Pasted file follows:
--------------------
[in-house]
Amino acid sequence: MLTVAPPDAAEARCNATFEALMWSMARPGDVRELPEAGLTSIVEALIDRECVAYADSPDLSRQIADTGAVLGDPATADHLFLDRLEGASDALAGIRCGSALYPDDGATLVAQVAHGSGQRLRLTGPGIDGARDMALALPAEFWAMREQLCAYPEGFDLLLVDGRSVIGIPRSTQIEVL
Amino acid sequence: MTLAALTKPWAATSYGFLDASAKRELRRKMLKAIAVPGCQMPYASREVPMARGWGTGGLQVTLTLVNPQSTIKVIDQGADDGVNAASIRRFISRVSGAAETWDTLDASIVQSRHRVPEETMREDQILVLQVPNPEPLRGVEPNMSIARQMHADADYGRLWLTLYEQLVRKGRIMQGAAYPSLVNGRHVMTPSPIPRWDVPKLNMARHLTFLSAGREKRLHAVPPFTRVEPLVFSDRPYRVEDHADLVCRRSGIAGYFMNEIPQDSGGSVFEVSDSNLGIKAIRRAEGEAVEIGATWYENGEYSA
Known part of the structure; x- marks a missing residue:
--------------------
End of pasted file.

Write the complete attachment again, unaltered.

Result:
[in-house]
Amino acid sequence: MLTVAPPDAAEARCNATFEALMWSMARPGDVRELPEAGLTSIVEALIDRECVAYADSPDLSRQIADTGAVLGDPATADHLFLDRLEGASDALAGIRCGSALYPDDGATLVAQVAHGSGQRLRLTGPGIDGARDMALALPAEFWAMREQLCAYPEGFDLLLVDGRSVIGIPRSTQIEVL
Amino acid sequence: MTLAALTKPWAATSYGFLDASAKRELRRKMLKAIAVPGCQMPYASREVPMARGWGTGGLQVTLTLVNPQSTIKVIDQGADDGVNAASIRRFISRVSGAAETWDTLDASIVQSRHRVPEETMREDQILVLQVPNPEPLRGVEPNMSIARQMHADADYGRLWLTLYEQLVRKGRIMQGAAYPSLVNGRHVMTPSPIPRWDVPKLNMARHLTFLSAGREKRLHAVPPFTRVEPLVFSDRPYRVEDHADLVCRRSGIAGYFMNEIPQDSGGSVFEVSDSNLGIKAIRRAEGEAVEIGATWYENGEYSA
Known part of the structure; x- marks a missing residue: